Haas Institute's Opportunity Mapping approach informs proposed policy change in California; Requesting support from advocates during public comment period

BERKELEY, CA: A major housing program in California may see new changes to provide better opportunities for families as a result of collaboration between the Haas Institute and a housing taskforce convened by two state agencies. The California Tax Credit Allocation Committee (TCAC) and the California Department of Housing and Community Development (HCD) brought together a taskforce in February to identify an appropriate data-driven tool for measuring and mapping opportunity within the state. This group, comprised of researchers and policy advocates, was formed partially in response to research by the Haas Institute for a Fair and Inclusive Society showing that Low Income Housing Tax Credit (LIHTC) projects for families in the Bay Area were overwhelmingly sited in low opportunity areas. The two agencies requested the maps to support regulation changes for 9% LIHTC projects that would encourage the construction of family housing developments in neighborhoods with important amenities associated with childhood development and economic mobility, such as high-performing schools and access to jobs. 

The Haas Institute, along with Enterprise Community Partners, the California Housing Partnership Corporation, and several other organizations, jointly developed a research-based methodology for mapping opportunity to help direct the siting of LIHTC developments that are intended for families. Using the Haas Institute’s Opportunity Mapping 2.0 framework, and incorporating the most up-to-date research on upward mobility and intergenerational opportunity, the taskforce’s six-month project culminated in producing maps for nine regions in California (see sample map below and more here).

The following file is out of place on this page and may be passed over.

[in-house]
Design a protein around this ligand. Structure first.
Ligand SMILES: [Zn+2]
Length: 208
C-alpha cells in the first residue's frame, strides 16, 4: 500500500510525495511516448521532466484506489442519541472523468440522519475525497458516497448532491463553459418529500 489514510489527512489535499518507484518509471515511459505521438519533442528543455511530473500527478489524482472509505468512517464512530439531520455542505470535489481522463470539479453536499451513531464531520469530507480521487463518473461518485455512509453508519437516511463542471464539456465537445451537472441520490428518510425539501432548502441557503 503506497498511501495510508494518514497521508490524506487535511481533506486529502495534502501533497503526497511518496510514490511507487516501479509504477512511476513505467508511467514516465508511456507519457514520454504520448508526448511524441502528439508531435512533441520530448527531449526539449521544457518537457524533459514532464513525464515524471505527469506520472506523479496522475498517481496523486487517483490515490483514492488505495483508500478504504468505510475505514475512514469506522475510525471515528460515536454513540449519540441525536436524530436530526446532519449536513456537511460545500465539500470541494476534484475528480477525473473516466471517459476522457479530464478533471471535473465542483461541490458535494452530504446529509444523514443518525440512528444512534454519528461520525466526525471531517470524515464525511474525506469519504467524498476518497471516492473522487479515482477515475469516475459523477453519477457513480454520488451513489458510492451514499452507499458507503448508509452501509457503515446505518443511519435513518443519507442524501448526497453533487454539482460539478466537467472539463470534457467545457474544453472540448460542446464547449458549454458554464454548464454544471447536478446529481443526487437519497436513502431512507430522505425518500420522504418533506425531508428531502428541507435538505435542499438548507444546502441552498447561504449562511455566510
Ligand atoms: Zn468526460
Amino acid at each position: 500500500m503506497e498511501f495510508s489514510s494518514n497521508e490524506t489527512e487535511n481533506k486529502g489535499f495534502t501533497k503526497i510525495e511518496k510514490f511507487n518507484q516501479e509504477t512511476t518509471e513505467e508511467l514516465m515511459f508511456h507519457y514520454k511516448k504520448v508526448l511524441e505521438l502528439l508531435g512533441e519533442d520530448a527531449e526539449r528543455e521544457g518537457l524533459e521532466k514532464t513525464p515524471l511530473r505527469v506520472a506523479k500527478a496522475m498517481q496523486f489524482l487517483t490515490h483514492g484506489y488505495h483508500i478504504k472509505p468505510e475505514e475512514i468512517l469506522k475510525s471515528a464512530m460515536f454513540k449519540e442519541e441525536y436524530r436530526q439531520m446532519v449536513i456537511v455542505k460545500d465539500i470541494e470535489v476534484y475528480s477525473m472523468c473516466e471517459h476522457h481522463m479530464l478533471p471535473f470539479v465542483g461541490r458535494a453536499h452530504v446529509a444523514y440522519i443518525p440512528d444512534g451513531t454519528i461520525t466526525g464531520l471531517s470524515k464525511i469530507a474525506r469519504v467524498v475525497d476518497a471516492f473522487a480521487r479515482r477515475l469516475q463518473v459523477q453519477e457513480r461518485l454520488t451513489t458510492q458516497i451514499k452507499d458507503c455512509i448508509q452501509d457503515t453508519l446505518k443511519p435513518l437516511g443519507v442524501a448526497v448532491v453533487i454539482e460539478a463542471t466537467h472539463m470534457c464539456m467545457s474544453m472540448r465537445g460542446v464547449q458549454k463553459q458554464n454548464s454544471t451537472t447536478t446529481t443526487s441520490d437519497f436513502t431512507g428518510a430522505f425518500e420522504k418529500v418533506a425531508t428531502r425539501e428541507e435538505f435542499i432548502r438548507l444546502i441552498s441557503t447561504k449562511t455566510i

This effort to measure opportunity could help alleviate the exclusionary barriers for families with children to high-amenity neighborhoods, and enable them to access quality resources and services.

The first set of maps and accompanying summary tables have been released publicly on the State Treasurer’s website, with the next set scheduled to be released later this month.

TCAC is soliciting public comments on these maps, which will influence how these maps will affect the Qualified Allocation Plan (QAP) regulation changes for 2018.
During the public comment period, the Haas Institute is issuing an open call to fair housing advocates, researchers, community groups, and organizations to support TCAC’s efforts to incentivize more housing development in higher-resource areas. Support is critical to passing regulation changes that maximize opportunity for low-income children and families in California.

The mapping approach is unique to California’s QAP, but could potentially be used as a model for other states to further their Fair Housing goals. 

Media Contact
Rachelle Galloway-Popotas

Mapping Contact
Samir Gambhir